I fell off the turnip wagon over the Easter Holiday. It started with a trip to town with my husband to get goodies for Easter. We ate out and I said what the heck and indulged in a dairy-laden, sugar-bombed coffee frappe drink. And I guzzled it. And then my eyes kind of did that thing that happens to the “vegetarian” sharks on Finding Nemo when they get a whiff of fish blood. And I was on a rampage.
I bought ice cream on the way home. It was delicious and I devoured it without remorse. I hunted around in the cabinets for a bag of marshmallows. And I taste-tested a few Easter candies. Tomorrow was another day, right?
Well, the next morning I woke up and made waffles. With maple syrup. And a cup of coffee, which I rarely drink, with cream and again…sugar. They day went on like this…me looking forward to how I could eat sweetness at my next meal. And not fruit or a balanced smoothie – just straight up junk food.
See, I have this problem with sugar. A lot of people either pay not attention or laugh it off when I say I have sugar addiction. But it’s a real thing. I crave it, it gives me an extremely temporary great feeling inside, I look forward to my next fix. I start baking things to binge on. Oh sure, often gluten-free and dairy free but still loaded with sugar. I start to feel kind of icky inside and I promise myself after each sugar overload that I’m done. But in no time at all I am hungry again and reaching for something sweet.
So then Easter rolls around and then that is my excuse. A big dinner with the whole family – with dessert – a giant carrot cake. And ice cream. And Easter candy. And I feel so bloated and sluggish. But in my mind, I am already planning what sweet promise I can wake up to for breakfast.
It has to stop! I know what sugar does to me. It’s no good. My skin breaks out, my intestines gurgle and bloat, my brain get foggy and it stresses my adrenals, causing restlessness and anxiety. I know my poison – and I’m one of those people who cannot moderate my sugar intake. There is no balanced place for me with sugar. It’s all or nothing.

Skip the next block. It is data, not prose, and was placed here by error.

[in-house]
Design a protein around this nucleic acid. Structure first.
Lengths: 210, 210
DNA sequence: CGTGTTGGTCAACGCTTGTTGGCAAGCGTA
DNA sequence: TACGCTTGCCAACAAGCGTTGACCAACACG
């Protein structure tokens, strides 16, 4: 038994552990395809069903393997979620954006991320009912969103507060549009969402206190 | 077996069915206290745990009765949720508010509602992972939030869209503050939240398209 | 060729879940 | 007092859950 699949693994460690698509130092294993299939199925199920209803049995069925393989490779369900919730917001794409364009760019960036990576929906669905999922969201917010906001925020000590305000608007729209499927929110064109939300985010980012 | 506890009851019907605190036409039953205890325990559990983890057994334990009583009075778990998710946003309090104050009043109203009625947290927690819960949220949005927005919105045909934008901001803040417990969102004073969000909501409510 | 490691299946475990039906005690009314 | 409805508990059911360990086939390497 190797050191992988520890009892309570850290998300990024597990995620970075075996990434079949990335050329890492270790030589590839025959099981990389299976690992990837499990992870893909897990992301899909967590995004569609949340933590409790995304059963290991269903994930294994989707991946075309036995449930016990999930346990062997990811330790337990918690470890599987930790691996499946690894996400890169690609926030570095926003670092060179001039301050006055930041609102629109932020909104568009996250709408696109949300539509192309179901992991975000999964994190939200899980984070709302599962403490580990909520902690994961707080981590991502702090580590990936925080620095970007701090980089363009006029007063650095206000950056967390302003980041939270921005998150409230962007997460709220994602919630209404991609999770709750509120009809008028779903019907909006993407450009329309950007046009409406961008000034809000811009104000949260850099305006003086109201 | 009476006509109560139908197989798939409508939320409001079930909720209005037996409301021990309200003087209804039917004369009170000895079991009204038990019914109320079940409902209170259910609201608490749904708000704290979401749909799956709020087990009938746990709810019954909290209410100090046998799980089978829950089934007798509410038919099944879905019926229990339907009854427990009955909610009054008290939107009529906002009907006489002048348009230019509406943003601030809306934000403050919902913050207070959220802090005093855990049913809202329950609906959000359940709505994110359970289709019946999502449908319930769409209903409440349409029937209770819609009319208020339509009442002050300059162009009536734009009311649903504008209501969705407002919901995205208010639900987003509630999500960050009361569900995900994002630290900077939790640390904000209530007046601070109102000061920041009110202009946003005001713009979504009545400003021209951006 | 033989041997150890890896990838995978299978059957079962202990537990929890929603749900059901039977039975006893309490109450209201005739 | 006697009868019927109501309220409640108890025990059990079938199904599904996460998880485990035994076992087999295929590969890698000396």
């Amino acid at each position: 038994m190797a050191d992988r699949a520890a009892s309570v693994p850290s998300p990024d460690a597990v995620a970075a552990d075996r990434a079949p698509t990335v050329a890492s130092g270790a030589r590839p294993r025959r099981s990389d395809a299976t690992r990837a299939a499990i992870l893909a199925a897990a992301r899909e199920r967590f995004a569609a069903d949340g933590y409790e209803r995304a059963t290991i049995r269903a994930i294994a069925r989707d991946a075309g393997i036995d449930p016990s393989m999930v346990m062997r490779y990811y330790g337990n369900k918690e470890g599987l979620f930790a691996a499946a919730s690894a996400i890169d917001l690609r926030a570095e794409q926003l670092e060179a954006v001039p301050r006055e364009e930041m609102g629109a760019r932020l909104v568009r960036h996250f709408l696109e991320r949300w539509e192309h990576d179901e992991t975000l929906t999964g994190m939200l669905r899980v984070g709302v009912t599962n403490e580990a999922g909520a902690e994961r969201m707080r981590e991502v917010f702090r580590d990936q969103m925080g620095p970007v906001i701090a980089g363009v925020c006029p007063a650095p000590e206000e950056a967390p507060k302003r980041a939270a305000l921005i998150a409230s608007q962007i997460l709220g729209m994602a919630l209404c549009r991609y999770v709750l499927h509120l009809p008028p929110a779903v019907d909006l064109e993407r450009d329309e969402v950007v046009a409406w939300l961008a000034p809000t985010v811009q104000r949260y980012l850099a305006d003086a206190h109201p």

So I have to detox – no, I’m not even kidding! Three days of no sugar whatsoever helps me to re-set my system. No fruit, no honey, no coconut sugar, not dates, nothing suggestive of sweetness!
How do I get through this? I plan – I have a list of recipes to look forward to that are savory, delicious and high in protein, fat and vegetables. I snack on nuts and drink green tea and plenty of water.
Day one: I am a withdrawn troll of a human being with a massive headache and legs that don’t seem to work correctly. A bad day to go visit some friends but I go anyway and pretty much sulk on the couch with my hands to my temples while the kids play. My head seriously hurts so bad that I’m wondering if something is really wrong. Sugar withdrawal is real!
Day Two: My husband comments that I seem to be in a really bad mood today. I can’t remember my response exactly but I snarl it out so viciously that the family dogs, who were eavesdropping, run away and hide. Some residual headache. It feels nowhere near as bad as yesterday but I am definitely not okay. Extreme fatigue. I am literally dragging myself around like a character in a zombie film. All I can think about clearly is cake.
Day Three: Ah, more like myself. I get through the day without insulting anyone. My energy levels are sluggish all morning but better by dinner time. I am still thinking of adding just a dollop to honey to my green tea but it feels much less tempting than before. Also, my mind loses focus at odd times and lapses into daydreams of chocolate milkshakes with billowy mounds of whipped cream and little chocolate shavings scattered on top…no!
Day Four: I wake up looking forward to my chickpea omelette with a side of sauteed kale. Food is tasting normal again. No headaches all day. My energy levels are normal. I can move and direct control over all of my appendages at will. I think about something sweet and it genuinely holds less interest for me. I am craving fat and more wholesome carbohydrates. Sugar, for me, is a binge and coming off it is worse than anything!
Sugar is a drug. This should come as no surprise…but sugar is not your friend. Sugar is just pure calories with no vitamins, minerals, fats, or proteins. It spikes blood sugar, follows with an insulin response and a subsequent sugar crash, leading us to the desire for more.
I also know that for me, sugar promotes a sweet boost in my immediate mood. Since I tend to be a highly active, always moving, thinking, slightly anxious person, I know that I need healthy carbohydrates to balance my serotonin levels and my energy needs. Sugar is tempting, but the wrong answer. Because it comes with a cost…and a crash.
Detoxing from sugar can help to balance your body and reset your hormones. Your body’s intuitive drive to eat the foods that it needs will be sharpened and truthful. Naturally sweet foods like fruit will satisfy you and taste sweeter than ever before. Try taking an honest look at sugar in your life and see what a difference a sugar detox can make.